Traditionally, when people think of National Institute of Standards and Technology (NIST) publications, they think of documents that apply strictly to federal government entities or contractors supporting the federal government. However, NIST also releases publications designed for organizations in the private sector as well.

IT-Related NIST Publications

Under the NIST umbrella is the Information Technology Laboratory (ITL) whose purpose is to “promote the US economy and public welfare by providing technical leadership for the Nation’s measurement and standards infrastructure.” ITL is responsible for developing tests, test methods, reference data, proof of concept implementations, and technical analyses to support the development and use of information technology. Basically, that means that NIST (and more specifically ITL) is responsible for developing baseline requirements for federal information systems. As part of that mission, ITL publishes the Special Publication (SP) 800-series of documents designed to report on ITL’s research and guidance in the IT realm. This series provides information to both federal and private sector entities on everything from data encryption methodologies to media sanitation guidelines and beyond.

Special Publication 800-171

The publication in the 800 series I wanted to talk about here is the NIST SP 800-171 Protecting Controlled Unclassified Information (CUI) in Nonfederal Information Systems and Organizations. This document was originally written and published as a response to an executive order signed in 2010 directing federal agencies to find more effective ways to protect the confidentiality of CUI. More specifically, this document includes a roadmap for organizations outside of the federal government that transmit, process, or store CUI in some capacity to comply with federal guidelines on information confidentiality.

The document is broken down like all NIST special publications into front information (abstract of document purpose), chapters including the meat of the subject matter, and several supplemental appendices. It can be hard to wade through all of that, but the gist of what you need to look at if you’re an organization attempting to implement the requirements is in Chapter 3. This chapter lays out the requirements in the following 14 families/subject areas:

Control Families

Access Control

Media Protection

Awareness & Training

Personnel Security

Audit & Accountability

Physical Protection

Configuration Management

Risk Assessment

Identification & Authentication

Security Assessment

Incident Response

System & Comm. Protection

Maintenance

System & Information Integrity

The control families are derived from another NIST publication: FIPS 200 Minimum Security Requirements for Federal Information and Information Systems. The controls in that document targeted toward protecting information confidentiality are used as the basic control framework for 800-171. Since the FIPS 200 basic controls tend to be pretty vague, like most control frameworks, NIST fleshed out the high level basic controls with what they call “derivative controls” that are taken from NIST 800-53 Security and Privacy Controls for Federal Information Systems and Organizations. These controls are more specific and dialed in enough to be actionable; however, the controls are left open enough to be scalable to larger or smaller organizations. For example, a larger organization may have the capacity to do vulnerability scans monthly, while a smaller organization may only have the capacity to do them quarterly. Both timeframes are acceptable under the 800-171 requirements because both organizations are doing scans periodically based on individual capabilities.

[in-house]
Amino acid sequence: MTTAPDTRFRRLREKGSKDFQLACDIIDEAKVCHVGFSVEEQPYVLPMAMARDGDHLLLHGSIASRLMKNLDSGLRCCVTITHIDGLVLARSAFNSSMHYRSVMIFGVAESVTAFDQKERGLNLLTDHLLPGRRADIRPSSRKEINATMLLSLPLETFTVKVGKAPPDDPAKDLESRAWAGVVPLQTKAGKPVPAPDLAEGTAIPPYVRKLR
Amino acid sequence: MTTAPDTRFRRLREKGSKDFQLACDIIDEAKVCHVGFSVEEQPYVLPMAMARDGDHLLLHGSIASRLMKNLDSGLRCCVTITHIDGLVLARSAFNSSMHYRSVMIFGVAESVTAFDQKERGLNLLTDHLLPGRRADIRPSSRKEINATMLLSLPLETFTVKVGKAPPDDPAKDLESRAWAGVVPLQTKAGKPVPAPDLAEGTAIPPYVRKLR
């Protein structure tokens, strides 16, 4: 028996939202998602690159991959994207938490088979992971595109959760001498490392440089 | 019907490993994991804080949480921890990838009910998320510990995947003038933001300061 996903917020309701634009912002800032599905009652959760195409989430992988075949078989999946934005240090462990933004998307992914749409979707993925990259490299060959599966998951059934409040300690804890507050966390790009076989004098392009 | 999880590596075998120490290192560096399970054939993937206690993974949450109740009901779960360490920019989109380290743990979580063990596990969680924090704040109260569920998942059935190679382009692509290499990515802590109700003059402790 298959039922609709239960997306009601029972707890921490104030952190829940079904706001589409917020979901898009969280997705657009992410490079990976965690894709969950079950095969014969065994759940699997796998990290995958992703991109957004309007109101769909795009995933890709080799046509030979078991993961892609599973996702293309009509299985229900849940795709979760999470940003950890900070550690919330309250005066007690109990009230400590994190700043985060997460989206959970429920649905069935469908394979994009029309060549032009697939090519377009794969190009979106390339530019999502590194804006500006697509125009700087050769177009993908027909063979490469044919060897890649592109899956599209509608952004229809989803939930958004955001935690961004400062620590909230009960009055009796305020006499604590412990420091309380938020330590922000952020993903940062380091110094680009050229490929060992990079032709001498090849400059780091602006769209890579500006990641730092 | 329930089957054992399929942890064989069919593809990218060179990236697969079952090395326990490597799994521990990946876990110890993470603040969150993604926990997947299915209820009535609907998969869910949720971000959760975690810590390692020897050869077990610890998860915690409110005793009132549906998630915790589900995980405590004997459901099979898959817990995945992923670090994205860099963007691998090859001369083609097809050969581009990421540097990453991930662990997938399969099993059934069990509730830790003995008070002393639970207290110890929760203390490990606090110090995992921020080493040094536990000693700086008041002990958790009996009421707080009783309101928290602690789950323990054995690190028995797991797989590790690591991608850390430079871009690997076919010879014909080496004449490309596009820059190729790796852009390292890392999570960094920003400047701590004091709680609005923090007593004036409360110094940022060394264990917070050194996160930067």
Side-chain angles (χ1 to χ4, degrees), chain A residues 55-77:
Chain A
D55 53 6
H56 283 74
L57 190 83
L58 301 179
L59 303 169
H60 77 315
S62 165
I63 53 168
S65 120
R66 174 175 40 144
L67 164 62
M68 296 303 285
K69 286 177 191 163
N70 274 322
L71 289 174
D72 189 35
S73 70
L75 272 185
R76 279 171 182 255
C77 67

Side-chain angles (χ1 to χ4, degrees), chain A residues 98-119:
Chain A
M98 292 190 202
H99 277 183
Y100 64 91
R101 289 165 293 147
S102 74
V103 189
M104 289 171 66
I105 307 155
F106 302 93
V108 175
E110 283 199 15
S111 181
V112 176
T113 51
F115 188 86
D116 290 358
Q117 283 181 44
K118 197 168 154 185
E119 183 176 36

The appendices of the document include a reference section, a glossary of common terms used throughout the document (sort of a decoder ring for those of us not used to dealing with esoteric government terminology), control mappings between CUI security requirements and other common assessment frameworks, and 800-53 tailoring criteria that provides a visual understanding of why certain 800-53 controls were not included as derivative controls in 800-171.

Who Does It Apply To

This document is applicable to government contractors and sub-contractors storing, transmitting, or processing federal government information determined to be of a sensitive nature (CUI).

What It is Not

This document is not intended to be used to address the integrity or availability of CUI, it is only intended to describe controls that will protect the confidentiality of that information.

Conclusion

The federal government has recognized that agencies are relying more on external service providers for specialized processing, storage, or transmission services related to CUI. NIST 800-171 was designed to provide those agencies with a sense of comfort that those service providers will be handling CUI in similar way to the agencies themselves. If you’re interested in learning more about how to start the NIST 800-171 compliance process, feel free to contact us. We would love to talk to you!


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laura-combsLaura is a Manager with YHB and serves on the Risk Advisory Services Team. Laura focuses on assisting organizations in a variety of industries with IT-related audit and consulting services.

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